The future of NICE drugs in Guernsey has crystallised after two competing amendments drew emotive debate in the States Chamber, with the winning Roffey amendment getting the States to "keep their promise" of funding life-extending drugs to a higher threshold.
Last year, the States voted to fund new drugs and treatments to close the gap between treatments available to Guernsey residents and those in the UK.
Historically there has been a variety of ‘life-extending’ treatments unavailable to those without private medical insurance or substantial personal funds.
“The situation has gone beyond prudence, it has become unacceptable and become borderline cruel,” said Deputy Peter Roffey, in past comments on the disparity.
The estimated cost of funding these drugs was £5.6m in Year 1 and £8.3m in Year 2, with the funding sourced from the Guernsey Health Reserve temporarily.
Pictured: It was a unanimous agreement to fund NICE drugs, with disagreements stemming from how to go about it post-covid.
The corona virus pandemic has decimated government finances since this original, short-term funding decision.
The Policy & Resources Committee has approached these financial pressures in the Government Work Plan, which prioritises some projects and puts others in abeyance, matching policy to resources for the remainder of the political term.
The States had previously agreed, overwhelmingly, to fund one year of NICE drugs up to an ICER threshold of £30k for one year and £40k the second year, followed by a review into of effectiveness and value for money. This Policy Letter was laid by the President of Health and Social Care at the time, Deputy Heidi Soulsby.
An Incremental Cost Effectiveness Ratio (ICER) is NOT the cost of a drug, but a calculation of its cost-effectiveness. It is the price tag attributed to one additional year of life attained by the use of one drug compared to another.
If a treatment sits above the ICER threshold it isn’t deemed cost effective and will not be funded. This distinction can lead to some drugs being unavailable to Guernsey patients because the States won’t pay for them.
Pictured: The Roffey amendment admitted to huge costs but argued they should have already been accounted for and the public would agree to stomach it.
P&R's GWP proposed the continued funding of NICE drugs for two years, followed by a review, but pegging the ICER threshold at £30k.
This caught Deputy Peter Roffey’s attention, who saw it as backtracking on a promise made to the general public. His amendment – seconded by Deputy Lester Queripel - sought to retain the original resolution, as agreed by the previous Assembly.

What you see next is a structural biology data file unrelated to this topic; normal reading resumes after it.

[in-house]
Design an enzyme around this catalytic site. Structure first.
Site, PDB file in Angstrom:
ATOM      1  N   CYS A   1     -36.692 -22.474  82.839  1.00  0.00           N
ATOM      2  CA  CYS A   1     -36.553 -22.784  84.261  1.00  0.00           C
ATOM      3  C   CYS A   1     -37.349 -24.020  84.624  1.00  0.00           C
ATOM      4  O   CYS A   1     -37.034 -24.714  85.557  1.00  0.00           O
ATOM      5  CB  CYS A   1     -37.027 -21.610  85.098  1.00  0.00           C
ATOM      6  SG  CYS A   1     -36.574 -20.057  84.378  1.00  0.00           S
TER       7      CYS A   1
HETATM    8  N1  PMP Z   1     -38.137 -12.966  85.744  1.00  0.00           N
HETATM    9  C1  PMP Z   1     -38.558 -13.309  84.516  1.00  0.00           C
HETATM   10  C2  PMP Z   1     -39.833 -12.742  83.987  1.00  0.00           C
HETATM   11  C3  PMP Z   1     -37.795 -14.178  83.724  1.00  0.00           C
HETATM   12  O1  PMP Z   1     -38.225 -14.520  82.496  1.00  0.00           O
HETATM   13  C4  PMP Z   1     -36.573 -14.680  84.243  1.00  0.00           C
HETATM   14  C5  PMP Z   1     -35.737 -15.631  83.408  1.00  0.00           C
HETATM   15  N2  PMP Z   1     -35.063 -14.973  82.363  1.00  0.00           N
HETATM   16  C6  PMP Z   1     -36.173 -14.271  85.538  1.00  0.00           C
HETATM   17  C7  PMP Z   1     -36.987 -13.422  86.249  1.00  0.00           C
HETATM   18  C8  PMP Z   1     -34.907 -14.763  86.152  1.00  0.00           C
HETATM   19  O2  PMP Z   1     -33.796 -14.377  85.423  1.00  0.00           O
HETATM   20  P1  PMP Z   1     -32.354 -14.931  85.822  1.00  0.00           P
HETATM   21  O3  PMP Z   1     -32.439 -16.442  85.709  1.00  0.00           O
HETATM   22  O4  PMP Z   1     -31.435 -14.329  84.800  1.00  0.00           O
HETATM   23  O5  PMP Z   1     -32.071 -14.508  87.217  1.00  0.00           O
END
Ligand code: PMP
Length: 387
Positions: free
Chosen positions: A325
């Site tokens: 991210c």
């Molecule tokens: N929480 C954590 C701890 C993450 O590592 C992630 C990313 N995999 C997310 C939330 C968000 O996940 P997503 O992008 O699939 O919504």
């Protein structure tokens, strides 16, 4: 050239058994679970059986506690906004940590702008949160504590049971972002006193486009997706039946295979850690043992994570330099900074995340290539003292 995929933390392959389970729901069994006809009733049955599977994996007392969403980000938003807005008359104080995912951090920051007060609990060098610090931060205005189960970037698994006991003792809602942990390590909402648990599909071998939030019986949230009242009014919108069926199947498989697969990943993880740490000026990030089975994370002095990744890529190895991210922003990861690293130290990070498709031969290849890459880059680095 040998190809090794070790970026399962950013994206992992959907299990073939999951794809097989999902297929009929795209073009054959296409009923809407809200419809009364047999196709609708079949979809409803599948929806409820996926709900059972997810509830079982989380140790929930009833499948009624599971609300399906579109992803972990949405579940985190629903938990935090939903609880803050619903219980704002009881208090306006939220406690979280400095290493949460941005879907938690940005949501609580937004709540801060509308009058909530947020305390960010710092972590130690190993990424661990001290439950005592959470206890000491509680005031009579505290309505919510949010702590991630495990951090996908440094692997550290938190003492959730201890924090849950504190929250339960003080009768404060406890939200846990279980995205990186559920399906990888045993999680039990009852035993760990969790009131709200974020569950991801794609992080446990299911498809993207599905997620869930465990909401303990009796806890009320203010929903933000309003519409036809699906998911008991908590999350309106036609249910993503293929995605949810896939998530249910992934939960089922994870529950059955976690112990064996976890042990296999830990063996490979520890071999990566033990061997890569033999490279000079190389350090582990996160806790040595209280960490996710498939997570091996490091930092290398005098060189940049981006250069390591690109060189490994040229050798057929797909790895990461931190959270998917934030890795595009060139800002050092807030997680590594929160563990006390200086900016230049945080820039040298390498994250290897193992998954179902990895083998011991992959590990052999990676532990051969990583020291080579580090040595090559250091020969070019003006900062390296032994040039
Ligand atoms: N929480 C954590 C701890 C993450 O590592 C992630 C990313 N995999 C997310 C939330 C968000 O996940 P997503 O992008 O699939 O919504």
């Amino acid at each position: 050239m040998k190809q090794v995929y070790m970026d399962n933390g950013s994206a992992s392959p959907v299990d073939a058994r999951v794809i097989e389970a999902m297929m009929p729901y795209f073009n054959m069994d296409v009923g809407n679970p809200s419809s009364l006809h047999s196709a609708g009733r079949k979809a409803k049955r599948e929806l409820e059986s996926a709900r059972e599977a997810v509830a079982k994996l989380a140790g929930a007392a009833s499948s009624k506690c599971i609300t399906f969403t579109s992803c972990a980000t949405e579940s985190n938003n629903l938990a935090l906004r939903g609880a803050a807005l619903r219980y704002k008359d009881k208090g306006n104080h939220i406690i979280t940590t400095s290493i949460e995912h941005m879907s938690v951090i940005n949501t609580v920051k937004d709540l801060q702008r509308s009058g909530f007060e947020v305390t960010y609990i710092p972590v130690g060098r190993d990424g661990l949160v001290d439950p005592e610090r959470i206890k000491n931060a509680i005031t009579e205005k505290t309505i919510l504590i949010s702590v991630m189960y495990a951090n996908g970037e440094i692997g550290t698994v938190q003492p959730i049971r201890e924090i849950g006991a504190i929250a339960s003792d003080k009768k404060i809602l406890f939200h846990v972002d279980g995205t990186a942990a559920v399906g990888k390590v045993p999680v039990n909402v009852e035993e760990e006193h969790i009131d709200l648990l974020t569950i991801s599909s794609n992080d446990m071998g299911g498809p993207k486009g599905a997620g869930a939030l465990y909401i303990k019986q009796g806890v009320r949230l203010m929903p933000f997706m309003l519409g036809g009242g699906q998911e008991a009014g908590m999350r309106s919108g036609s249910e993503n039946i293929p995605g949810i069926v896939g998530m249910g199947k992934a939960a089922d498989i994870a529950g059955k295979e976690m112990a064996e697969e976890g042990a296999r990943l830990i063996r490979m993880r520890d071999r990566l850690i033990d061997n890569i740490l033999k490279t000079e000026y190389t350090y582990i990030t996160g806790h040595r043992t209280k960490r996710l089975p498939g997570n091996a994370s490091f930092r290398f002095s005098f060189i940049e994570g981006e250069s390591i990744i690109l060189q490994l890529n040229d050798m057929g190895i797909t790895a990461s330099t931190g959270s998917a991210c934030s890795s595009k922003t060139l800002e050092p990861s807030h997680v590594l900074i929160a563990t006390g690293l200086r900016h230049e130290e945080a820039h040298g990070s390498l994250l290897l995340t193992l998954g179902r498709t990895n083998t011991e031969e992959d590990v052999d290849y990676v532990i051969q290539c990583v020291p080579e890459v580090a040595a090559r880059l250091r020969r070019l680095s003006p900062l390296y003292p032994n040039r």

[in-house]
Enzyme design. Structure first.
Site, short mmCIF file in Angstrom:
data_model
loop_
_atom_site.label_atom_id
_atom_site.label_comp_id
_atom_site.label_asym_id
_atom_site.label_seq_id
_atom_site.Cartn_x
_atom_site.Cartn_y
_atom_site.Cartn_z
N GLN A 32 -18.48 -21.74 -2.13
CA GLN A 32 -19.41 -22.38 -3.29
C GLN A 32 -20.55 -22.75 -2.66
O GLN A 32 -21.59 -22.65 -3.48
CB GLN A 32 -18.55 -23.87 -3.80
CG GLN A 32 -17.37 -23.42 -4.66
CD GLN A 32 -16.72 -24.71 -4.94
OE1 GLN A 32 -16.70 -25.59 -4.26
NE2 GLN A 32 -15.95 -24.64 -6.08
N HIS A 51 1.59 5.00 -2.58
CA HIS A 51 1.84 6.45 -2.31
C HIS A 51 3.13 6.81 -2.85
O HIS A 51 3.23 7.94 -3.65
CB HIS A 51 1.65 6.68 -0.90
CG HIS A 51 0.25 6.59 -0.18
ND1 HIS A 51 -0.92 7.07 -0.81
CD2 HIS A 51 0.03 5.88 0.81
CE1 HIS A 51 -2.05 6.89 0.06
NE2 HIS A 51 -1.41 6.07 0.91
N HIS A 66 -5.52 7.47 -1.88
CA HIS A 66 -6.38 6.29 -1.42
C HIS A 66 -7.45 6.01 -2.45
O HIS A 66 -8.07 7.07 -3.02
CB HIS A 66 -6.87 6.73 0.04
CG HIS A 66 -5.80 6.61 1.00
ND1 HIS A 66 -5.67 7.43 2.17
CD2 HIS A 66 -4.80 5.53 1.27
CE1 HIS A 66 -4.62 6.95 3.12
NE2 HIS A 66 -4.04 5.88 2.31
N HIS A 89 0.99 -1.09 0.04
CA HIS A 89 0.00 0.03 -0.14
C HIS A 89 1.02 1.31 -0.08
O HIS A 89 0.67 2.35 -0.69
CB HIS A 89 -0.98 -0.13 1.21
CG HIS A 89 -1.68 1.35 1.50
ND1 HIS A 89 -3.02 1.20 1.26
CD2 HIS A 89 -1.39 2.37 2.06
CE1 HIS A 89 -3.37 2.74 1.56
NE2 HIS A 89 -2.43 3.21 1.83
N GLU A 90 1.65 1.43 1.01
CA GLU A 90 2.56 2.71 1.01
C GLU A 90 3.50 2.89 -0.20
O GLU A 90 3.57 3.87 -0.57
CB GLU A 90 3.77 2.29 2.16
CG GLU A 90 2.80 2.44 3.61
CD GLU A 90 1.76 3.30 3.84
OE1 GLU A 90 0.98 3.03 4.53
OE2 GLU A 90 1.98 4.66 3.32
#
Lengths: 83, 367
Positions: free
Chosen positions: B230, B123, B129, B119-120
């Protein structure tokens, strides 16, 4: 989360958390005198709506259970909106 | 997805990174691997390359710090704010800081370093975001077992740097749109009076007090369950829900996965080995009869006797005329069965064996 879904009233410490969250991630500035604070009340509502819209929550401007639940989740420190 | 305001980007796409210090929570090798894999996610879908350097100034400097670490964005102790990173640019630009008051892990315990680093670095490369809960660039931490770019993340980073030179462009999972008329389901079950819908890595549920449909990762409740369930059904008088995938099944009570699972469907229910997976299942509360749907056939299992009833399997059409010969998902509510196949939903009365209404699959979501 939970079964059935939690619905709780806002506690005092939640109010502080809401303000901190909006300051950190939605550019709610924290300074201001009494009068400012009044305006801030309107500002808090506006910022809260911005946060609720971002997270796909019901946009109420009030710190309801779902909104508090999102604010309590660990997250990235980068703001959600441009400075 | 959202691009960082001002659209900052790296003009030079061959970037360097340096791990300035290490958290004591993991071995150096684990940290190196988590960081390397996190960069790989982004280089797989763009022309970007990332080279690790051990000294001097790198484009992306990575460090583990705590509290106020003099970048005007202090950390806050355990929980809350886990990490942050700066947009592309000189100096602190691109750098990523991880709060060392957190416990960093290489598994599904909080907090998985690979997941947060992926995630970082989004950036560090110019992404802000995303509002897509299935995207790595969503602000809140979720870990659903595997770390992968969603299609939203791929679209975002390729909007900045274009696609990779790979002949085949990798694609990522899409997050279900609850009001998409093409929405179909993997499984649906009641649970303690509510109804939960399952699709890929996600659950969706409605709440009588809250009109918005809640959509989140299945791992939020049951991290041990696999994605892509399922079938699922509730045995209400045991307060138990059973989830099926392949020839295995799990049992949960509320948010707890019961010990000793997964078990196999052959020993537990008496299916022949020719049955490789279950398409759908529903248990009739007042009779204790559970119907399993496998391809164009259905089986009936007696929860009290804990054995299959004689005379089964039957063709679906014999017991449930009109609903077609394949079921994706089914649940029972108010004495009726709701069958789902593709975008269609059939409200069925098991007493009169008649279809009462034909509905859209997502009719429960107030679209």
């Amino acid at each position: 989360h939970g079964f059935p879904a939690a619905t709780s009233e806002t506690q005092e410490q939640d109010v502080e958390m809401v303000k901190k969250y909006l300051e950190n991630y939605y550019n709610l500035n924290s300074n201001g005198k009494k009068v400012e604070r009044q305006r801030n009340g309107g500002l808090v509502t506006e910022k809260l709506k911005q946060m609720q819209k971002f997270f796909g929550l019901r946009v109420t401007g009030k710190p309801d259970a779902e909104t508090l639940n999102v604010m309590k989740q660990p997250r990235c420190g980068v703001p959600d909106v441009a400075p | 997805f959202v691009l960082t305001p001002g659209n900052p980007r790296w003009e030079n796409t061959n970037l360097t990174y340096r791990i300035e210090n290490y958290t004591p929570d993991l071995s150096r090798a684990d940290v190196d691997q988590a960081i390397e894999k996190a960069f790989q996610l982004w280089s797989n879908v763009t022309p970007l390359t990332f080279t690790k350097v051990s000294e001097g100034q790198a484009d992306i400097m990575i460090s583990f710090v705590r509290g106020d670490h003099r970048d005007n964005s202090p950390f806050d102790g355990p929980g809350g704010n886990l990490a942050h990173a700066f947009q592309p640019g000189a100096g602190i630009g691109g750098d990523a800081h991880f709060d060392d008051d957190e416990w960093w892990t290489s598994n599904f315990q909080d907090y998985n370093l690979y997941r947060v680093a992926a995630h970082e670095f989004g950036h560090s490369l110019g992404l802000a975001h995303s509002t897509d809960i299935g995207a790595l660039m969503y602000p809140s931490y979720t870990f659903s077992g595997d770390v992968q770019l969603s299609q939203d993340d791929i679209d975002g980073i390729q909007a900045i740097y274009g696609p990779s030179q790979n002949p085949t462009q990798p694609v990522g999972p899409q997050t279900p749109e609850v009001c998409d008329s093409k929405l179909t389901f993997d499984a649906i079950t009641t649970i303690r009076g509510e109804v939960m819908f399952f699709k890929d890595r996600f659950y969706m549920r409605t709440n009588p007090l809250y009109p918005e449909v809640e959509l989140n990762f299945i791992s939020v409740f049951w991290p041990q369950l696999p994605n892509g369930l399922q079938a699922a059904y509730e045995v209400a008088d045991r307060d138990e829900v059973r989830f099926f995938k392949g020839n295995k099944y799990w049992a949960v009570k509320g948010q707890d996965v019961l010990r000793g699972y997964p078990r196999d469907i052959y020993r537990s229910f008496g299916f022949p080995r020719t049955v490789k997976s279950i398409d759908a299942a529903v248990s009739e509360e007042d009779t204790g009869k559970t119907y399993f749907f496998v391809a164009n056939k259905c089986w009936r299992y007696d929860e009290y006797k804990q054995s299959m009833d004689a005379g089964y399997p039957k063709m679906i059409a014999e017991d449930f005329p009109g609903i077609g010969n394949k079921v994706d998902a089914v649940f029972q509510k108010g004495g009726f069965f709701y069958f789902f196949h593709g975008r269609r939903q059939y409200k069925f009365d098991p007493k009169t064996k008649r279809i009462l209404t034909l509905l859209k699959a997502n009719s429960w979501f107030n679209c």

Subsequently, two members of P&R submitted a second competing amendment on their own Policy Letter. Deputy Soulsby, seconded by Deputy Peter Ferbrache, proposed the States fund one year at £30k, immediately followed by a review before the £40k threshold was considered.
It was a lot to unpack and saw both amendments debated simultaneously.
Pictured: “I am urging members for Guernsey not to put a lower price on a life than anywhere else in the British Isles,” pleaded Deputy Roffey.
“This amendment seeks to maintain the decision taken by this Assembly by a completely overwhelming majority,” said Deputy Roffey in his opening speech.
He painted a picture of three people in a hospital ward, one from Guernsey, one from the UK, and one from Jersey, all suffering with the same illness and requiring a certain medication.
“There is only one be patient in that bay who is denied the standard treatment, and that will be the normal Guernsey patient who has to be prescribed a less effective drug, because Guernsey won’t fund the one that everyone else is getting,” he argued.
Alternatively, Deputy Soulsby said she found herself in a difficult position, after leading the original Policy Letter in front of the last States.
"That, however, was pre-pandemic.”
"The effect of two lockdowns has had a considerable impact on both hospital waiting times and the public’s mental health,” she said, highlighting that money earmarked for NICE drugs is now being used to reduce waiting times for essential operations.
Pictured: “It’s easy to look at things in isolation, but we should look at things holistically – there’s a give and take everywhere,” said Deputy Soulsby.
The two amendments saw Deputy Rob Prow, among others, torn between what to vote for.
“Sub-optimal treatments and poor outcomes are a reality for many, unable to afford private health insurance,” he said, urging the Assembly not to renege on its previous decision.
“I am torn between amendment 1 and the compromise and I will listen very carefully to the debate.”
However, Deputy Roffey did get support from Deputies Lindsay de Sausmarez, Tina Bury, and Steve Falla, along with the majority of the chamber.
“There are many people living in this island in need of medication to improve, lengthen or even save their lives – lets remain aspirational for them today,” said Deputy Falla.
Eventually Deputy Roffey’s amendment won out, with a vote of 21/17. A second vote against the Soulsby amendment solidified the assembly’s decision with a vote of 17/20.
If and when the GWP is now agreed to, NICE drugs will be funded in its original form.
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